Some Thoughts on Arranged Marriages and K-dramas

Disclaimer: This little rant of sorts does not reflect the opinion of anyone else but myself. I also don’t expect anyone to agree with me.  All I ask is that everyone who reads this becomes ever so slightly more open in perspective. This is not that important of an issue, but an interesting one regardless. 

I think I will be the only one on this entire planet who would get upset about this, but I am upset nonetheless.  See, when it comes to arranged marriages, I get really irritated by the people who think that getting an as arranged marriage some sort of curse to have befallen you.  Some of the first inquiries I get as a somewhat traditionally-raised Indian-American include “Oh, are you going to get an arranged marriage one day? Aren’t you worried about that?”

First of all, I started getting those kinds of questions around age thirteen, where I was way more focused on school, extracurriculars, and having fun with friends than I cared about getting married. I still don’t care about getting married, nor do I know what my marriage pathway is going to be like. It’s not as though it is anyone’s business but mine. Secondly, why is getting an arranged marriage so terrible? I personally don’t think romance is necessary for a very successful marriage at all, and I don’t think that society should dictate that “love and romance” should have to be the basis of a relationship between two people.

I’m not implying that we should stop all romances and dating altogether or anything. I’m not even implying that romance isn’t important or a bad thing.  What I am saying though, is that romance is not a requirement for being happy with someone. Often times, the best marriages occur between friends who know how to give and take from each other. Arranged marriages are not only a marriage of two people, but two families. It’s not just about having two people who hate each other come together, but its about the willingness of two people to trust each each other and each other’s families and go through the journey of life together. With that perspective, conflicts tend to be way easier to handle as a couple because you’re not going into a long-term relationship with clouded vision. You know you’ll disagree, you know things will get rough, you know that it’s not an easy ride; but the important thing is that you can depend on someone to work through it all. So yes, there are benefits to having an arranged marriage, and no, life isn’t hell if you choose to marry someone in that manner.

My frustration, however, is not that arranged marriages are looked down upon, because I really don’t care what other people think about that. It’s when certain people who end up in an arranged marriage who fall in love with other people seem to think that they can act like jerks to their married partner, (such as Lee Soon in Jang Ok Jung, Live in Love this past week on episode 6) that I’m not a happy camper. People were talking about how awesome and emotive Yoo Ah-in (who I still think is pretty awesome) was in that scene with Queen In-kyung when he basically told her that everything friendly and nice that he does with and for her is just for show, but I was royally (no pun intended) infuriated. Treating your wife like that, arranged or not, is probably the most horrible thing you can possibly do to someone who has to live with you for the rest of their life.  If I were In-kyung, and if I wouldn’t get beheaded on the spot, I would have slapped that dude in the face right then and there for being a complete jerk-face (Okay, I wouldn’t really, but you get the point.)  It’s really sad that people attempted to portray what Lee Soon did  as attractive, because in my eyes, it totally isn’t. It’s rather crappy, and I can’t justify what he did in any way, whether or not he loves someone else. By agreeing to marry her (In-kyung,) Lee Soon made commitment to be a good husband. I don’t care whether if it’s political or not, or if a hidden agenda is involved, he has to treat his wife properly (this goes for the wives too.) Honestly, would anyone treat anyone else the same way and get away with it? Would someone teach someone else how to play a sport and be super helpful and kind, and then say “Sike! Just kidding. I hate your guts?”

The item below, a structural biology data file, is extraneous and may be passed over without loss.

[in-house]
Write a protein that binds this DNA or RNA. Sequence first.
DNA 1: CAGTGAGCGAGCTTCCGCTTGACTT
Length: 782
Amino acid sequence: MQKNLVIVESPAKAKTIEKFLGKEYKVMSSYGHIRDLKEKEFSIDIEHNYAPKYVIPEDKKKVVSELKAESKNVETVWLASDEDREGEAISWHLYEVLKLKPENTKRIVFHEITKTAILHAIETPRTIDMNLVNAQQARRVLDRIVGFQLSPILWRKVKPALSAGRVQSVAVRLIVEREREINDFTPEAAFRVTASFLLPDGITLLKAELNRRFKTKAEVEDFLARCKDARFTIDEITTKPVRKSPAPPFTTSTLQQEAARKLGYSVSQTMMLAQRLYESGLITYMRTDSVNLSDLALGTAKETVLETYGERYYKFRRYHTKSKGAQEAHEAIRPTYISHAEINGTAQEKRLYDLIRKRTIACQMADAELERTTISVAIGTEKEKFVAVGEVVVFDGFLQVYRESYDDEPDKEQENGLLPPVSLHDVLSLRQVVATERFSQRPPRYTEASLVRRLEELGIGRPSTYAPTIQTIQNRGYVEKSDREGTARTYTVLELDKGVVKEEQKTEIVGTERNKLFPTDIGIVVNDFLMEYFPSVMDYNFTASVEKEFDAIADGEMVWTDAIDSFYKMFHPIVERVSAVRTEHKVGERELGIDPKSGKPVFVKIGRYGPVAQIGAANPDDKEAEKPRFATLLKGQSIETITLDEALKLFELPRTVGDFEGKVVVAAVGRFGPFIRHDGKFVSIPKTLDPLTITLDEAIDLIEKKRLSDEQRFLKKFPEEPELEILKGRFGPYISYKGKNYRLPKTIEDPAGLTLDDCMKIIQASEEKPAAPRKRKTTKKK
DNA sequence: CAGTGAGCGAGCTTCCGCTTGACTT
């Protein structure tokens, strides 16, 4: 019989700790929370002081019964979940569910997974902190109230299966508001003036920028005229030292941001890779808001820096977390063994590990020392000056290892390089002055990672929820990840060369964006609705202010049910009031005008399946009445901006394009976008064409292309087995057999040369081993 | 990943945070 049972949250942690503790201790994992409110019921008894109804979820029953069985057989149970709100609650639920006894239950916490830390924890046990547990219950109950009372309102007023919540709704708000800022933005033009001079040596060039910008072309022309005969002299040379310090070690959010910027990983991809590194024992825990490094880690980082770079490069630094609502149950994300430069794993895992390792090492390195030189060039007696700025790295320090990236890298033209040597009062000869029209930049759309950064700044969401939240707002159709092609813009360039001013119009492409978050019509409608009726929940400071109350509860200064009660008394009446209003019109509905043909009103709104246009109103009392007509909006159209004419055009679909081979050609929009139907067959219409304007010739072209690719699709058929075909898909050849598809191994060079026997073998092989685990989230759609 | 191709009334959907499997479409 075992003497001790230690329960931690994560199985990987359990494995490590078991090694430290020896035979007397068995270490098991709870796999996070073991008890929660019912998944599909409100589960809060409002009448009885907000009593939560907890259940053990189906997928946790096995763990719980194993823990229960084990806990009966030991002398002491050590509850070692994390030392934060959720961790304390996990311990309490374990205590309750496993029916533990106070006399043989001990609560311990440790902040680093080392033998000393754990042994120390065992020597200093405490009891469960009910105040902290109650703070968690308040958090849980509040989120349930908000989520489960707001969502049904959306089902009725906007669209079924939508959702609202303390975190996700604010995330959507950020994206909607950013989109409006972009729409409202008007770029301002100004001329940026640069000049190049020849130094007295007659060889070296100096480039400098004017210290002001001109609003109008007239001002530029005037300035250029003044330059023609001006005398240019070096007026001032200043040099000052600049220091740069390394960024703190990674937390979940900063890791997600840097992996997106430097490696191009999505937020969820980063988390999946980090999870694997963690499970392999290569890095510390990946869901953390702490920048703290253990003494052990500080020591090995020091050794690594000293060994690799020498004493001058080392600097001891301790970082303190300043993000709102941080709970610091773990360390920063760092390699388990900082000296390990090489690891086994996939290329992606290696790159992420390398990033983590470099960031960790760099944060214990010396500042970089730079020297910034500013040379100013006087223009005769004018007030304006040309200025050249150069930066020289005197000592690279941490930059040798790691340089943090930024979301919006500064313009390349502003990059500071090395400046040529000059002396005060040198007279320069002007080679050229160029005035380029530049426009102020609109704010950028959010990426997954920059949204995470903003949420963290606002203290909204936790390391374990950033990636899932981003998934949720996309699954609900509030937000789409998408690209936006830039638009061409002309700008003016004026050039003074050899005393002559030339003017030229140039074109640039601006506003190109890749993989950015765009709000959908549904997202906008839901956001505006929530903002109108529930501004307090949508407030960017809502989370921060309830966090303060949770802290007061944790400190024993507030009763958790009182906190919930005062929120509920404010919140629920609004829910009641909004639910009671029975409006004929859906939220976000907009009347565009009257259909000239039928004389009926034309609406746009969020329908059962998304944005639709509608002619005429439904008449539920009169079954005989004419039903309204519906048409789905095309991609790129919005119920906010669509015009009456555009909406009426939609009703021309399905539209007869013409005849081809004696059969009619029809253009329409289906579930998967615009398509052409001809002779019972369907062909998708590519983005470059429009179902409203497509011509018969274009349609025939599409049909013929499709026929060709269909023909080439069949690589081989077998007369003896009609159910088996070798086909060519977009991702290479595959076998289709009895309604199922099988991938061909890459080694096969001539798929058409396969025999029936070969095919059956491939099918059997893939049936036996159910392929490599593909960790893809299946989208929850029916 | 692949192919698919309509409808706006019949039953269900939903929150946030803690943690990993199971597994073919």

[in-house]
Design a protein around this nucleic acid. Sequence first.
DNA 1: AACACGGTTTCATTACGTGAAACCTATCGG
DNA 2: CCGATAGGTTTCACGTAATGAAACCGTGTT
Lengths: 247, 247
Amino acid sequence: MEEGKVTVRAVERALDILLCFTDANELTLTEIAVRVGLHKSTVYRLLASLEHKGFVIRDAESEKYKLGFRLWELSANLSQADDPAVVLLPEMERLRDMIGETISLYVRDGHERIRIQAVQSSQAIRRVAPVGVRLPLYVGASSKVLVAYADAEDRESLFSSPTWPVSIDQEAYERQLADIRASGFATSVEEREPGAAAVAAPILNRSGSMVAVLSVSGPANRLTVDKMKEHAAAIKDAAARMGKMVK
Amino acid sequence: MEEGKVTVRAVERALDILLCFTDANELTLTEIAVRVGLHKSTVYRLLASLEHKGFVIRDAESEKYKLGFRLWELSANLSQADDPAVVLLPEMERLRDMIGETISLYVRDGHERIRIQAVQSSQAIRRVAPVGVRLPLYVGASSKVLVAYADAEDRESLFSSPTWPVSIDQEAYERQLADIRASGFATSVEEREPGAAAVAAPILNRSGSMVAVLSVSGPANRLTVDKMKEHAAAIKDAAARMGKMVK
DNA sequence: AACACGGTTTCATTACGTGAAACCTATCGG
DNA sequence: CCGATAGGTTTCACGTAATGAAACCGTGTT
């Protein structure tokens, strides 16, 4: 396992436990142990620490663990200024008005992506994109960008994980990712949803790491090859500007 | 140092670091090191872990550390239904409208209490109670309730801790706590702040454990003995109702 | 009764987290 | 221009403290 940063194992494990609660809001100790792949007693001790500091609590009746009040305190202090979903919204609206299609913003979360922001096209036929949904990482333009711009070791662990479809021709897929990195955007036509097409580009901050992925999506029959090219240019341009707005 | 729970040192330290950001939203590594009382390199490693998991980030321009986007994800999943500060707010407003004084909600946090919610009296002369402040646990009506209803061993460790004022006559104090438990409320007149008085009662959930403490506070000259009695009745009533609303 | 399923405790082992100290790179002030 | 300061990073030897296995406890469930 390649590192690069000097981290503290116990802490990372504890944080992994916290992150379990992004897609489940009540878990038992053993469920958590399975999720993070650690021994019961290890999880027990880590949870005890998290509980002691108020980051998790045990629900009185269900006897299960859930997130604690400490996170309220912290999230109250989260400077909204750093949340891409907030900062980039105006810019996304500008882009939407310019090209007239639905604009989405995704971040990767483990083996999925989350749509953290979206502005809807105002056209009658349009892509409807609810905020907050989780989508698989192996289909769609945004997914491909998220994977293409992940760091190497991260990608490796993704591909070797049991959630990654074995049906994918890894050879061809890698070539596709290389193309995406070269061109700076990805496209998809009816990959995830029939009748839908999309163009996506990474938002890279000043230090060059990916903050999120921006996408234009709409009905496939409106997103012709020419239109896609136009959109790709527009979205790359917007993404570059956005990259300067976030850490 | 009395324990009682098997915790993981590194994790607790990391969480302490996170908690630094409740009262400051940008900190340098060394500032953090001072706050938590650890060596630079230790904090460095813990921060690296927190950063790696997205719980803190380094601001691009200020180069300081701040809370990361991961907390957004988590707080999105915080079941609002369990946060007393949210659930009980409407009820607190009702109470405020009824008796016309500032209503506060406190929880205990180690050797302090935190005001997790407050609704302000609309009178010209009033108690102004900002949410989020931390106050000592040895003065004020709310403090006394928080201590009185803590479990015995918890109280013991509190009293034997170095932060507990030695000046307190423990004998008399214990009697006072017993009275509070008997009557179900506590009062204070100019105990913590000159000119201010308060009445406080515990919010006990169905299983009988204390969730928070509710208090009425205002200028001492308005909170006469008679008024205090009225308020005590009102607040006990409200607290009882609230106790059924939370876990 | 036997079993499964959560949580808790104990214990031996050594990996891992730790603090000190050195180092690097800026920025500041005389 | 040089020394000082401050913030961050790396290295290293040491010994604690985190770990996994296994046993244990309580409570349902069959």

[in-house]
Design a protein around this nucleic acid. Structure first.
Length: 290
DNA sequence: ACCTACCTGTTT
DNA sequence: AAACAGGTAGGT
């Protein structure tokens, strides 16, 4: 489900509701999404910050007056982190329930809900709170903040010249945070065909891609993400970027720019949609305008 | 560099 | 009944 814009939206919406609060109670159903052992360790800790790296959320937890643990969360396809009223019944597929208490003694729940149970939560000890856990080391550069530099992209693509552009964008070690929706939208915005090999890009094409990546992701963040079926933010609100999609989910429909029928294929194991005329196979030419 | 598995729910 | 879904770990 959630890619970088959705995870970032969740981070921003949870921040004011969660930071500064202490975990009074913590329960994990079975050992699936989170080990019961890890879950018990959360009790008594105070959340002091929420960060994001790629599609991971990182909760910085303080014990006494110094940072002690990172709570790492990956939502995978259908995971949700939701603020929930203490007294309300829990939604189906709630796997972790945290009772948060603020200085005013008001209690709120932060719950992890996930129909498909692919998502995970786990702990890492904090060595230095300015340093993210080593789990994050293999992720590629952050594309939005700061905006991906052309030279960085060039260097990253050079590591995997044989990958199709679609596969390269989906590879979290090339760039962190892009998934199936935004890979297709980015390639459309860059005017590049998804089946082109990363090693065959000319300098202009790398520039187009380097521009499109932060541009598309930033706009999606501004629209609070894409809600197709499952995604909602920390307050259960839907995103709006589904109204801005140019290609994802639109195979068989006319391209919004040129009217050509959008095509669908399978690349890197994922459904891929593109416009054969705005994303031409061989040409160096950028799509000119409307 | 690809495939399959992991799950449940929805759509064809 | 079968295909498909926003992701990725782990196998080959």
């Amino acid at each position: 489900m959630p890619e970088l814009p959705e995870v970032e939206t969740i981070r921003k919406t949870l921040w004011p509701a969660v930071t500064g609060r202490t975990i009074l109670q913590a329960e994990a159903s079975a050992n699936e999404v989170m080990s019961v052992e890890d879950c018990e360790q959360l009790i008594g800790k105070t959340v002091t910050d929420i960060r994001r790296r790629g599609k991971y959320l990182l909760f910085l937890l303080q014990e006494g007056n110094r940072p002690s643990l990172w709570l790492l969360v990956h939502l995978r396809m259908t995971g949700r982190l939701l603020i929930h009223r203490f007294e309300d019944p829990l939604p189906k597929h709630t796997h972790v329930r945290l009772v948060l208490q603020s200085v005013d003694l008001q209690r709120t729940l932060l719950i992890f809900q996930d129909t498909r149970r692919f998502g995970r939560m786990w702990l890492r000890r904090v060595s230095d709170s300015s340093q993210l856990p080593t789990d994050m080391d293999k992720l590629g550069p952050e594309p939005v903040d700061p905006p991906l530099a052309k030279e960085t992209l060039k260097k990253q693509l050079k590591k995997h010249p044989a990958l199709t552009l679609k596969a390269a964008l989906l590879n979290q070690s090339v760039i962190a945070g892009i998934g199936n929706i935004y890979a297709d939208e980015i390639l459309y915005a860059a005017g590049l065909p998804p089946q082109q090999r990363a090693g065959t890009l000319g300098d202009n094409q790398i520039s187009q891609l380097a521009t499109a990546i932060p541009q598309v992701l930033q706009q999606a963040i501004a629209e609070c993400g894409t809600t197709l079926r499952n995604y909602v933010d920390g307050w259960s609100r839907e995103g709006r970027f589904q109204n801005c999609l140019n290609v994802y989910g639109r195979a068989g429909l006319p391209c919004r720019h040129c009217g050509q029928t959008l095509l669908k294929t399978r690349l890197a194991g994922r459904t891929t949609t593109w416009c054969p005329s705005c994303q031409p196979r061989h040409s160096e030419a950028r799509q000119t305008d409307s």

If it was just Lee Soon, I wouldn’t be so annoyed; however, this is something I’ve seen for a while, and it’s only now that I seem to blow my top. (It’s come up in When a Man Loves, half of the Historical Romances, a third or so of the dramas having to do with a chaebol, a la Can We Get Married?) It’s probably because I’m sympathetic towards In-kyung, whereas usually I don’t like the lady in question being harassed by the guy who’s technically supposed to be a knight in shining armor. Actually, that shouldn’t be making any difference, but I too have my prejudices, I guess.

I could try to justify the scene by suggesting its importance in the plot line; possibly to show how Lee Soon is trying to weave through the minefield provided by the warring factions in his government, and is willing to take great lengths to get there. But does it really need to take the time to crush In-kyung’s heart on top of her dignity when her political maneuvers are so few? Maybe, for the sake of forwarding romantic developments with Ok-jung and Dong-yi. However, I’m not too keen on any of these justifications, since I think that there are plenty of other ways to convey all of that that are far less offensive.

I’m fully aware that none of this is going to change, because it isn’t something that people normally care about or find to be an issue. Regardless, I hope that people can start to understand that a successful marriage doesn’t require love, but patience and nurturing of trust.  If love precursors that or blooms from that, well, that’s fine too.

(Image credits to respective owners, SBS (via Koala’s Playground))


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